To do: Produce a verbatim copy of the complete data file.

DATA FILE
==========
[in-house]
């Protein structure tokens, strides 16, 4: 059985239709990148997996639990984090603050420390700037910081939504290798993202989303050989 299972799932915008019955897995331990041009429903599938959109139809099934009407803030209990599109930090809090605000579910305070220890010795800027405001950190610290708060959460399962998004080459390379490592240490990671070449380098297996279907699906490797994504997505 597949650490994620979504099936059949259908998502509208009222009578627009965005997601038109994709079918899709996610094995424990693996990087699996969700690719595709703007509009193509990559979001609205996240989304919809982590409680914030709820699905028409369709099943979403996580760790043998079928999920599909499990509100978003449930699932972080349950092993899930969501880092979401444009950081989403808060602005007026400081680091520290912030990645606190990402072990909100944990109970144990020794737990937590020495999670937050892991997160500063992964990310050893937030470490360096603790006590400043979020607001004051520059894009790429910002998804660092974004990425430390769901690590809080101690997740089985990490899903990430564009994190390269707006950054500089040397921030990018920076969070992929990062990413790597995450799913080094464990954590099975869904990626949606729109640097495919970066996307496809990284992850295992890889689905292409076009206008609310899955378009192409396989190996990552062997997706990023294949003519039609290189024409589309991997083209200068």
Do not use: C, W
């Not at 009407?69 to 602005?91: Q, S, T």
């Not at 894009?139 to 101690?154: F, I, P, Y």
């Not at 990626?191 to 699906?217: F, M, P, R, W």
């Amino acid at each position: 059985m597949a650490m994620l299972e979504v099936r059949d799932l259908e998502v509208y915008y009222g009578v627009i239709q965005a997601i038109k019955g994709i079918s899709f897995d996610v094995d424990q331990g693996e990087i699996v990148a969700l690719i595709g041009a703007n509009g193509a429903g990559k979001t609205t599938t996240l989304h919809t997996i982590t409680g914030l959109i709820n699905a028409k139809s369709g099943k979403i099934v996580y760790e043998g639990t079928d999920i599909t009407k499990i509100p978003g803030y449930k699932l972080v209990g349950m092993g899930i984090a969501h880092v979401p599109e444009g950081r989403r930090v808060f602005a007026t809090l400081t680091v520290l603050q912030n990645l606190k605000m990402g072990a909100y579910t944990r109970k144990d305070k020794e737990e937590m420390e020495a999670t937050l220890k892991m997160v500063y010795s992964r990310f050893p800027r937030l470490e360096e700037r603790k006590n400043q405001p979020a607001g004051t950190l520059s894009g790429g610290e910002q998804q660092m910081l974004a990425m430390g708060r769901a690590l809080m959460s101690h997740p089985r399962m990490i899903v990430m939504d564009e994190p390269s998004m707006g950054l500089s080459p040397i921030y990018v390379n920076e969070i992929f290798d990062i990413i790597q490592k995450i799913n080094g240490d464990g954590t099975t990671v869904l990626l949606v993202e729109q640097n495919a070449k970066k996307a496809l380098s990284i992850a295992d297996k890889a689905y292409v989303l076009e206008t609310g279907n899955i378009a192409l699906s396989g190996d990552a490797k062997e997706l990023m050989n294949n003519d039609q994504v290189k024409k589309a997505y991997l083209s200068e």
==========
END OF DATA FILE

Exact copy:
[in-house]
């Protein structure tokens, strides 16, 4: 059985239709990148997996639990984090603050420390700037910081939504290798993202989303050989 299972799932915008019955897995331990041009429903599938959109139809099934009407803030209990599109930090809090605000579910305070220890010795800027405001950190610290708060959460399962998004080459390379490592240490990671070449380098297996279907699906490797994504997505 597949650490994620979504099936059949259908998502509208009222009578627009965005997601038109994709079918899709996610094995424990693996990087699996969700690719595709703007509009193509990559979001609205996240989304919809982590409680914030709820699905028409369709099943979403996580760790043998079928999920599909499990509100978003449930699932972080349950092993899930969501880092979401444009950081989403808060602005007026400081680091520290912030990645606190990402072990909100944990109970144990020794737990937590020495999670937050892991997160500063992964990310050893937030470490360096603790006590400043979020607001004051520059894009790429910002998804660092974004990425430390769901690590809080101690997740089985990490899903990430564009994190390269707006950054500089040397921030990018920076969070992929990062990413790597995450799913080094464990954590099975869904990626949606729109640097495919970066996307496809990284992850295992890889689905292409076009206008609310899955378009192409396989190996990552062997997706990023294949003519039609290189024409589309991997083209200068």
Do not use: C, W
């Not at 009407?69 to 602005?91: Q, S, T």
């Not at 894009?139 to 101690?154: F, I, P, Y």
């Not at 990626?191 to 699906?217: F, M, P, R, W």
């Amino acid at each position: 059985m597949a650490m994620l299972e979504v099936r059949d799932l259908e998502v509208y915008y009222g009578v627009i239709q965005a997601i038109k019955g994709i079918s899709f897995d996610v094995d424990q331990g693996e990087i699996v990148a969700l690719i595709g041009a703007n509009g193509a429903g990559k979001t609205t599938t996240l989304h919809t997996i982590t409680g914030l959109i709820n699905a028409k139809s369709g099943k979403i099934v996580y760790e043998g639990t079928d999920i599909t009407k499990i509100p978003g803030y449930k699932l972080v209990g349950m092993g899930i984090a969501h880092v979401p599109e444009g950081r989403r930090v808060f602005a007026t809090l400081t680091v520290l603050q912030n990645l606190k605000m990402g072990a909100y579910t944990r109970k144990d305070k020794e737990e937590m420390e020495a999670t937050l220890k892991m997160v500063y010795s992964r990310f050893p800027r937030l470490e360096e700037r603790k006590n400043q405001p979020a607001g004051t950190l520059s894009g790429g610290e910002q998804q660092m910081l974004a990425m430390g708060r769901a690590l809080m959460s101690h997740p089985r399962m990490i899903v990430m939504d564009e994190p390269s998004m707006g950054l500089s080459p040397i921030y990018v390379n920076e969070i992929f290798d990062i990413i790597q490592k995450i799913n080094g240490d464990g954590t099975t990671v869904l990626l949606v993202e729109q640097n495919a070449k970066k996307a496809l380098s990284i992850a295992d297996k890889a689905y292409v989303l076009e206008t609310g279907n899955i378009a192409l699906s396989g190996d990552a490797k062997e997706l990023m050989n294949n003519d039609q994504v290189k024409k589309a997505y991997l083209s200068e």